by Shari Finnell
Are people tweeting about your web site? Sharing your content with friends? Leaving comments on your blog posts? Recommending your site to others? Here at Slingshot SEO, we think there’s no reason your content shouldn’t be shared if it’s worth talking about.
Lately, I’ve been thinking about what it takes for someone to bother to make a couple of clicks … via a Facebook Like, a Tweet, a StumbleUpon, or a Digg … to share content with their friends.
The truth is, whether it’s in the real world or the “virtual” world, people won’t bother sharing something with friends unless it’s out of the ordinary. Yes, it’s that simple.
Something to Talk About
That hit home with me during a recent encounter with a fast-food clerk. I’ve come across plenty of them, but this one was different. She was positively cheerful. Upbeat, even. Several times during our extremely short conversation, she suggested alternatives that would give me a better bang for my buck.
When I pulled up to the window to pay, I complimented the woman on her service. Jessica then pleasantly suggested I call the number listed on her window if I wanted to report her performance to “corporate.” I thought about that for a moment and started dialing the number on my cell. I guess this surprised her. She gave a little jump and said, “You’re going to call? Really?” Actually, I surprised myself. I was in a rush. Why else would I be ordering dinner from a window? But Jessica stood out. I felt compelled to tell someone about it.
As it turned out, giving a report on an employee’s service takes longer than it does for you to order dinner and wolf it down. After being placed on hold for about five minutes, I was asked for the employee’s name, the location of the fast food restaurant, and the time of my order, and then was asked for my name, address and telephone number. I could have hung up after two minutes of listening to really bad elevator music, but I didn’t. I wanted Jessica to get the recognition she deserved.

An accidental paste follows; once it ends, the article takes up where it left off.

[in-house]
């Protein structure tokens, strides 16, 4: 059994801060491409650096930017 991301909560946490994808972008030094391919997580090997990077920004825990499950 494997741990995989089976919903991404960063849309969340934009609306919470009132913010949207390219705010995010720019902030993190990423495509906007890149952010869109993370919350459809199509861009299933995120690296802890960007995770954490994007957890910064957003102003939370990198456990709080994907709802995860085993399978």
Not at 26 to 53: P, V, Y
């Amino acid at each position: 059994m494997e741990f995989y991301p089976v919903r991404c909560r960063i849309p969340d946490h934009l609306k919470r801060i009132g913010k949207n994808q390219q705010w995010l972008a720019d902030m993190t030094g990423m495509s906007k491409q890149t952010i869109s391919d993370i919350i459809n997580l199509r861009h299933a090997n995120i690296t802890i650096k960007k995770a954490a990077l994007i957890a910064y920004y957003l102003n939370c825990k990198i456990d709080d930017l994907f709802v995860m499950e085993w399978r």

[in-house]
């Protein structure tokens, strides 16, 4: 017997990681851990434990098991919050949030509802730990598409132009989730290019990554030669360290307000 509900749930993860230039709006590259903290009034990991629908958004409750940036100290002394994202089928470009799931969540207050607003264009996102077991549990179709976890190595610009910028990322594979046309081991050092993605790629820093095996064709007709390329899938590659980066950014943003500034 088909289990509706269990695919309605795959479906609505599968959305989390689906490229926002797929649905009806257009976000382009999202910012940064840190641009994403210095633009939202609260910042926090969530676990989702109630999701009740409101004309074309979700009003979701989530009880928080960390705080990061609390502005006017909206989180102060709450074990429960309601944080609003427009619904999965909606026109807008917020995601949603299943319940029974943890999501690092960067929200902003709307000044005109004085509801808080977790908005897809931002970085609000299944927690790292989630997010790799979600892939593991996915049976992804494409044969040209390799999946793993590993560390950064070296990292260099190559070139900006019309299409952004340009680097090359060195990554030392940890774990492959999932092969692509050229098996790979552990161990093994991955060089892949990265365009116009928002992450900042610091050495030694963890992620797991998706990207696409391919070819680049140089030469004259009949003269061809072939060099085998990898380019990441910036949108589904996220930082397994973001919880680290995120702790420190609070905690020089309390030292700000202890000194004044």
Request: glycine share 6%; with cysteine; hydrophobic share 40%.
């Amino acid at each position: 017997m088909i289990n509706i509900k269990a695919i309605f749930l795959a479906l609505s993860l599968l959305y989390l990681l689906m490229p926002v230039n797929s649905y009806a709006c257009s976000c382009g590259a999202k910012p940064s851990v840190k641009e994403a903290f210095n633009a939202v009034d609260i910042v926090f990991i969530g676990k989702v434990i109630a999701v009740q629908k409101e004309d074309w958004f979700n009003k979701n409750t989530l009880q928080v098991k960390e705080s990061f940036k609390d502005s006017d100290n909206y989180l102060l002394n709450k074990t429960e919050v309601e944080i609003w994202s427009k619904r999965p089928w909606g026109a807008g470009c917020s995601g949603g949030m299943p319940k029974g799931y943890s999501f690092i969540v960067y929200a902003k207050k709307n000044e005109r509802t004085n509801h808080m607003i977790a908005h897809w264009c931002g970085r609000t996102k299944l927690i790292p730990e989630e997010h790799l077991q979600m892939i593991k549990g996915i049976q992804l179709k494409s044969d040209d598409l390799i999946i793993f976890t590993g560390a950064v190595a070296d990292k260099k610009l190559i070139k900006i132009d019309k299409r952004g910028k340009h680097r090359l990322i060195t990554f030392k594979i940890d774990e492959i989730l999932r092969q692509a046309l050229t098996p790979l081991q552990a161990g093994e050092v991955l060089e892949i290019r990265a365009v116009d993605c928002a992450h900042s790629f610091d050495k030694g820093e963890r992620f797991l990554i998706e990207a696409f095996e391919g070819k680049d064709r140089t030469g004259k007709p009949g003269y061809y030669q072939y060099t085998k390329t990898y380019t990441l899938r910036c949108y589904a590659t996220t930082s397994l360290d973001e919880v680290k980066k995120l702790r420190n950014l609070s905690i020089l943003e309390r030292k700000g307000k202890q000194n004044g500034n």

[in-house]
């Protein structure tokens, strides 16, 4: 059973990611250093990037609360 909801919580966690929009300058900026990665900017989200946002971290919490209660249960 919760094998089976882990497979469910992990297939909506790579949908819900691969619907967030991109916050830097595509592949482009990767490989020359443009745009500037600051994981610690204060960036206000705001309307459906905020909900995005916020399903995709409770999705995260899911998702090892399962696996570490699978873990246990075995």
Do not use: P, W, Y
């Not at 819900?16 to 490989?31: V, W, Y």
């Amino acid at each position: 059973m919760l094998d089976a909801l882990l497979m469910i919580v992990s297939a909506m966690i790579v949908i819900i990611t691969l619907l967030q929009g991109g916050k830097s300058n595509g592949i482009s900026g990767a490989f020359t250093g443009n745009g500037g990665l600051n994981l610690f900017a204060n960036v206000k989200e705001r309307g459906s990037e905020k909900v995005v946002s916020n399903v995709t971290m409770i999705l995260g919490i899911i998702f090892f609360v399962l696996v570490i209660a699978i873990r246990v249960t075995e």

With the internet, it only takes a few seconds for a user to click on a symbol to bookmark, share or recommend a site to a friend. Think about it. Just a few seconds. No need to hold. No need to listen to Muzak. No need to hand over all your personal information to a complete stranger.
What Makes You Click?
OK, so the question is, is your site worth someone bothering to make a click? Does it stand out from the crowd sort of the way Jessica stood out from among hundreds of fast-food clerks?
It’s a good question to ask. Actually, it’s one Google posed in its list of 23 Questions , issued in the wake of a series of algorithm changes that boosted content as a factor in search engine rankings. Google wants to know: “Is this the sort of page you’d want to bookmark, share with a friend, or recommend?”
Here are 5 tips that could help you gain a few more Likes, Diggs, Tweets or StumbleUpons.
1.Engage your audience. Your content, particularly blogs, should have a conversational tone. Don’t write as if your 6th grade English teacher is standing over your shoulder. As a user, I want to feel as if you’re talking directly to me. Write your headlines to grab some attention as well.
2.Take your time. Too often we’re just concerned with just getting something “out there.” Change your attitude. If you’re just rushing to fill a page, there’s no doubt your audience will pick up on it. If you don’t care, they won’t care. It may take an extra hour or two to produce quality content, but the payoff could be significant.
3.Do some research. Your content will come across as more timely and meaningful if you’re keeping up on trends or events related to your industry, and sharing them with your readers.
4.Be a thought leader. Yes, that term gets thrown around a lot. What does it mean? In the business industry, it simply means that you’re known for having innovative ideas. Take that research we just talked about and give your view on what it all means. Don’t be afraid to take an out-of-the ordinary approach. Think outside of the box when conveying your ideas and opinions.
5.Be willing to get feedback. Ask a small army of your staff, co-workers or friends to give honest feedback on what you’re producing. The truth may hurt, but the feedback could be invaluable in helping you transform your content into something that’s worthy of sharing.
By devoting a bit of extra time and attention to your content, you will produce material that will stand out from the crowd … something worthy of a click.